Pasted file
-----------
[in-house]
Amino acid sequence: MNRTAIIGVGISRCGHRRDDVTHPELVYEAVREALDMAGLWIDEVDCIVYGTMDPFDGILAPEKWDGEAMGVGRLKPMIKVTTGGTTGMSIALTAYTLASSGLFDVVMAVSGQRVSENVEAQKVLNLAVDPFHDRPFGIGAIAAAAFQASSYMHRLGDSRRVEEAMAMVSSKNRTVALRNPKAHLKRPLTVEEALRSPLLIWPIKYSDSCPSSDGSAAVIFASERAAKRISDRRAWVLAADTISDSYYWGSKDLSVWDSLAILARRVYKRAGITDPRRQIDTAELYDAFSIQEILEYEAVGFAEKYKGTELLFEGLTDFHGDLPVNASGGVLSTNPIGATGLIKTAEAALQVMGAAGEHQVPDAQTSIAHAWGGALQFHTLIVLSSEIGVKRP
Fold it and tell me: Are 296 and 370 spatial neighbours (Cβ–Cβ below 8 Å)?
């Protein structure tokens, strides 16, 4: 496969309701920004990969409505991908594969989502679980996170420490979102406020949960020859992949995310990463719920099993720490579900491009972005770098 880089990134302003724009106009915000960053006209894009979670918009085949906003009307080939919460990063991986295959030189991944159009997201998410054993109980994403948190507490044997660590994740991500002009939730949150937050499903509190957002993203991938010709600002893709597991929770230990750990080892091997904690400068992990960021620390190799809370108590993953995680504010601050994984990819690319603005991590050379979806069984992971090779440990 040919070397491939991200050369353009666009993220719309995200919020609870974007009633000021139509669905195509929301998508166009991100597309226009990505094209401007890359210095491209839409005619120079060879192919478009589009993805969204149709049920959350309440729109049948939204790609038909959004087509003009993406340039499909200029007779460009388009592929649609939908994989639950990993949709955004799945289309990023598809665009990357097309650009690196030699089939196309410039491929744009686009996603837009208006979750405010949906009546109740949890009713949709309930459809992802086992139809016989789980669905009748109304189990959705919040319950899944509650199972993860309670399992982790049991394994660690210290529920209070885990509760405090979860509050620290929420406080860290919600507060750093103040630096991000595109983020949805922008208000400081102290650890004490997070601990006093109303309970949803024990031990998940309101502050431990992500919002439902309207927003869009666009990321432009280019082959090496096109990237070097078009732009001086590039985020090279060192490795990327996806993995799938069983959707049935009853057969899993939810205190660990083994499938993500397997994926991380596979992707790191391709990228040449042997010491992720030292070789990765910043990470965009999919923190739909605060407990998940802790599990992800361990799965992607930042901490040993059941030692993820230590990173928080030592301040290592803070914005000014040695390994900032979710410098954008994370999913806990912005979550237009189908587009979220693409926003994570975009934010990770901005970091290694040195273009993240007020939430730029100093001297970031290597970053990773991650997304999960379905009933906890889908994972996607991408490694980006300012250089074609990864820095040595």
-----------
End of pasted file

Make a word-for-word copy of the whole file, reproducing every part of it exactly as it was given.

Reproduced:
[in-house]
Amino acid sequence: MNRTAIIGVGISRCGHRRDDVTHPELVYEAVREALDMAGLWIDEVDCIVYGTMDPFDGILAPEKWDGEAMGVGRLKPMIKVTTGGTTGMSIALTAYTLASSGLFDVVMAVSGQRVSENVEAQKVLNLAVDPFHDRPFGIGAIAAAAFQASSYMHRLGDSRRVEEAMAMVSSKNRTVALRNPKAHLKRPLTVEEALRSPLLIWPIKYSDSCPSSDGSAAVIFASERAAKRISDRRAWVLAADTISDSYYWGSKDLSVWDSLAILARRVYKRAGITDPRRQIDTAELYDAFSIQEILEYEAVGFAEKYKGTELLFEGLTDFHGDLPVNASGGVLSTNPIGATGLIKTAEAALQVMGAAGEHQVPDAQTSIAHAWGGALQFHTLIVLSSEIGVKRP
Fold it and tell me: Are 296 and 370 spatial neighbours (Cβ–Cβ below 8 Å)?
């Protein structure tokens, strides 16, 4: 496969309701920004990969409505991908594969989502679980996170420490979102406020949960020859992949995310990463719920099993720490579900491009972005770098 880089990134302003724009106009915000960053006209894009979670918009085949906003009307080939919460990063991986295959030189991944159009997201998410054993109980994403948190507490044997660590994740991500002009939730949150937050499903509190957002993203991938010709600002893709597991929770230990750990080892091997904690400068992990960021620390190799809370108590993953995680504010601050994984990819690319603005991590050379979806069984992971090779440990 040919070397491939991200050369353009666009993220719309995200919020609870974007009633000021139509669905195509929301998508166009991100597309226009990505094209401007890359210095491209839409005619120079060879192919478009589009993805969204149709049920959350309440729109049948939204790609038909959004087509003009993406340039499909200029007779460009388009592929649609939908994989639950990993949709955004799945289309990023598809665009990357097309650009690196030699089939196309410039491929744009686009996603837009208006979750405010949906009546109740949890009713949709309930459809992802086992139809016989789980669905009748109304189990959705919040319950899944509650199972993860309670399992982790049991394994660690210290529920209070885990509760405090979860509050620290929420406080860290919600507060750093103040630096991000595109983020949805922008208000400081102290650890004490997070601990006093109303309970949803024990031990998940309101502050431990992500919002439902309207927003869009666009990321432009280019082959090496096109990237070097078009732009001086590039985020090279060192490795990327996806993995799938069983959707049935009853057969899993939810205190660990083994499938993500397997994926991380596979992707790191391709990228040449042997010491992720030292070789990765910043990470965009999919923190739909605060407990998940802790599990992800361990799965992607930042901490040993059941030692993820230590990173928080030592301040290592803070914005000014040695390994900032979710410098954008994370999913806990912005979550237009189908587009979220693409926003994570975009934010990770901005970091290694040195273009993240007020939430730029100093001297970031290597970053990773991650997304999960379905009933906890889908994972996607991408490694980006300012250089074609990864820095040595």